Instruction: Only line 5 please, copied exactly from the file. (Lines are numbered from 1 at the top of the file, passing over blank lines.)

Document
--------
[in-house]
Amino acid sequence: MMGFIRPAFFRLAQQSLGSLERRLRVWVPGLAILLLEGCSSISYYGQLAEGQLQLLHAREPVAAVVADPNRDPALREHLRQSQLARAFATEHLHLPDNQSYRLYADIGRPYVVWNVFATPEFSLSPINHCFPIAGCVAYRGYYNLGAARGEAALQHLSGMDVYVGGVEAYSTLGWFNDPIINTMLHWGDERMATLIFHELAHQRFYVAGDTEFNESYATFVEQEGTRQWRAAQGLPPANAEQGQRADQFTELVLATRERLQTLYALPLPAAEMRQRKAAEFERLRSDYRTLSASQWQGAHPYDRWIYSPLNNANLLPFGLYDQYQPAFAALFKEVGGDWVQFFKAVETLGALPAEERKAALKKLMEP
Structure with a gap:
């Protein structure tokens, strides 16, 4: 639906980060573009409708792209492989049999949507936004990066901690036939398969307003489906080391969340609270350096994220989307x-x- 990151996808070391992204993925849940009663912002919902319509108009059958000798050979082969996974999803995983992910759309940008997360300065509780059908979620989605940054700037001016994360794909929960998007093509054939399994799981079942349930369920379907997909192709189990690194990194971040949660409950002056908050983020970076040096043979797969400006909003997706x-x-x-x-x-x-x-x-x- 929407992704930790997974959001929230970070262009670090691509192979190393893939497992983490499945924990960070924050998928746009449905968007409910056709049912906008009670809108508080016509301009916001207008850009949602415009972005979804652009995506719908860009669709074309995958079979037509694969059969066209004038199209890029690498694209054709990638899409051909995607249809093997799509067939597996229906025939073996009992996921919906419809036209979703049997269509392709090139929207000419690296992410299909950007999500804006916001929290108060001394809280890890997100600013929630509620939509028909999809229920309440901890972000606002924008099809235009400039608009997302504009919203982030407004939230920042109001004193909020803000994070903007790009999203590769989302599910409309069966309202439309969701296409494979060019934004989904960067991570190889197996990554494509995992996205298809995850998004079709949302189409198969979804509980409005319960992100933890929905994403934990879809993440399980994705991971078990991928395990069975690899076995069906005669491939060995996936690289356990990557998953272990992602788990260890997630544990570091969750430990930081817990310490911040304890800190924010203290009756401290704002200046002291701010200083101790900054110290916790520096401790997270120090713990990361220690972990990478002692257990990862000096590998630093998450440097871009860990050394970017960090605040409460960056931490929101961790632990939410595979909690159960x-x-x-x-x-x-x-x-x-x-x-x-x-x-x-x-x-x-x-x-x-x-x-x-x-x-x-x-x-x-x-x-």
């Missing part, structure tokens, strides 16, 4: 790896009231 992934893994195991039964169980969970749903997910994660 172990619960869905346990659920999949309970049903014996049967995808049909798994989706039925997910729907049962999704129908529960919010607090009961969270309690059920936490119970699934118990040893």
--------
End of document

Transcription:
């Missing part, structure tokens, strides 16, 4: 790896009231 992934893994195991039964169980969970749903997910994660 172990619960869905346990659920999949309970049903014996049967995808049909798994989706039925997910729907049962999704129908529960919010607090009961969270309690059920936490119970699934118990040893």